Starfield promises to fill the void in my RPG-loving heart as I wait for Dragon Age 4 and Mass Effect 5

(Image credit: Bethesda)

I'm still thinking about everything that was shown off during the Starfield Direct. The showcase was stacked with in-depth looks at everything from character creation to what kinds of food we can have in our inventory. Every detail that emerged about Bethesda's new space-faring adventure had my RPG-loving heart all aflutter. After all, nothing speaks to me quite like a wealth of customization options, plenty of freedom to shape my own story, and the chance to develop bonds with other characters in virtual worlds. Rather excitingly, Starfield looks set to deliver on all these fronts. 

Ever since the release of Dragon Age: Inquisition, I've been looking for a new experience that offers immersive storytelling with memorable companions, romance, and plenty of freedom to shape my character. While I'm beyond excited that the likes of Dragon Age 4 and Mass Effect 5 are still to come, the upcoming Bethesda game could very well be just the kind of RPG to help fill the void. From the freedom it promises to the potential its ambitious universe holds, Starfield may just serve up the kind of role-playing journey I've been hoping for. 

Your story  


(Image credit: Xbox)

After Starfield was first revealed, Bethesda promised that it would allow us to "create any character you want and explore with unparalleled freedom". Right away this ticked two boxes on my ideal RPG checklist, but it wasn't until the Direct that I started to get a real sense of how Starfield will enable that. Lead animator Rick Vicens introduced the segment on character creation by saying that "the most important story is the one you tell." One that begins by presenting us with a suite of options to create and shape our own character by selecting their appearance, traits, and backgrounds.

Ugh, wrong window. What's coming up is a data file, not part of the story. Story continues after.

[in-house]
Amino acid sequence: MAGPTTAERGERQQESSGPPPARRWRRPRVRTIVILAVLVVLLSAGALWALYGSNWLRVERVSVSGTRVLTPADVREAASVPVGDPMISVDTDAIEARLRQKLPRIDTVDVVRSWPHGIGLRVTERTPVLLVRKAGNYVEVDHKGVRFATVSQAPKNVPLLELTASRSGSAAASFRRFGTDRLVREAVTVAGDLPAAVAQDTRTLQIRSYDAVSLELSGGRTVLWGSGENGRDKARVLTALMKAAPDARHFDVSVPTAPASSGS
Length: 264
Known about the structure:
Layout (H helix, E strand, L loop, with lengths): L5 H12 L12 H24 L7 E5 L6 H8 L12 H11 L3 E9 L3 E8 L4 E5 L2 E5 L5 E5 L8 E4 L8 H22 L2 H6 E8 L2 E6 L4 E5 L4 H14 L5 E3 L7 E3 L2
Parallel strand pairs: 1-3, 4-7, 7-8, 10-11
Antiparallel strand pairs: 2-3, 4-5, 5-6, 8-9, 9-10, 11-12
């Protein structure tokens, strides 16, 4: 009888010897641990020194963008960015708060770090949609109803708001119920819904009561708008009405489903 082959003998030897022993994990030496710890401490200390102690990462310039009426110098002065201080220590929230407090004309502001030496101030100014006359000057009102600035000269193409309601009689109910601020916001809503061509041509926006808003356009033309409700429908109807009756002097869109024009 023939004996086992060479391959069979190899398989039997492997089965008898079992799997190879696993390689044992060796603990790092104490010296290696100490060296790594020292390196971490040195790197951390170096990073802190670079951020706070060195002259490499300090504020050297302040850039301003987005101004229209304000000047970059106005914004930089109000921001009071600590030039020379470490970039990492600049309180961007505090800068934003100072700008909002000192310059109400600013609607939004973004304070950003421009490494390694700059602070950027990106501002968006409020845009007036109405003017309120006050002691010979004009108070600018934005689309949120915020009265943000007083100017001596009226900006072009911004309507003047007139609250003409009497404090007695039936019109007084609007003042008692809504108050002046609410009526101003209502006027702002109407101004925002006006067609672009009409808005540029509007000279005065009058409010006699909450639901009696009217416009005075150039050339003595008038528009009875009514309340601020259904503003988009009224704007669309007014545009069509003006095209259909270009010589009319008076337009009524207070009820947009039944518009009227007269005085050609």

For me, role-playing is all about immersion, and there's no better way to do that than by playing a character you feel as if you've had a hand in crafting – that's one of the reasons I love BioWare's games. Of course, Bethesda is no stranger when it comes to allowing players to create a character of their own, and have the world react to them based on the traits or qualities you choose - a core feature in both the Fallout and Elder Scrolls series. 

Vicens promises the new system has "more to offer than ever before", and I'm already preparing to spend far too long bringing my own member of Constellation to life. With the freedom to define your appearance - from your body type to the way you walk, and even your teeth - lead character artist Ben Carnow says "we let the player get as close as possible to make whatever they want", and this is immediately speaking my language. I want to get as close as possible to my character, and having a wealth of options available to make who I want will hopefully allow me to do exactly that.  

Bonding moments  


(Image credit: Bethesda)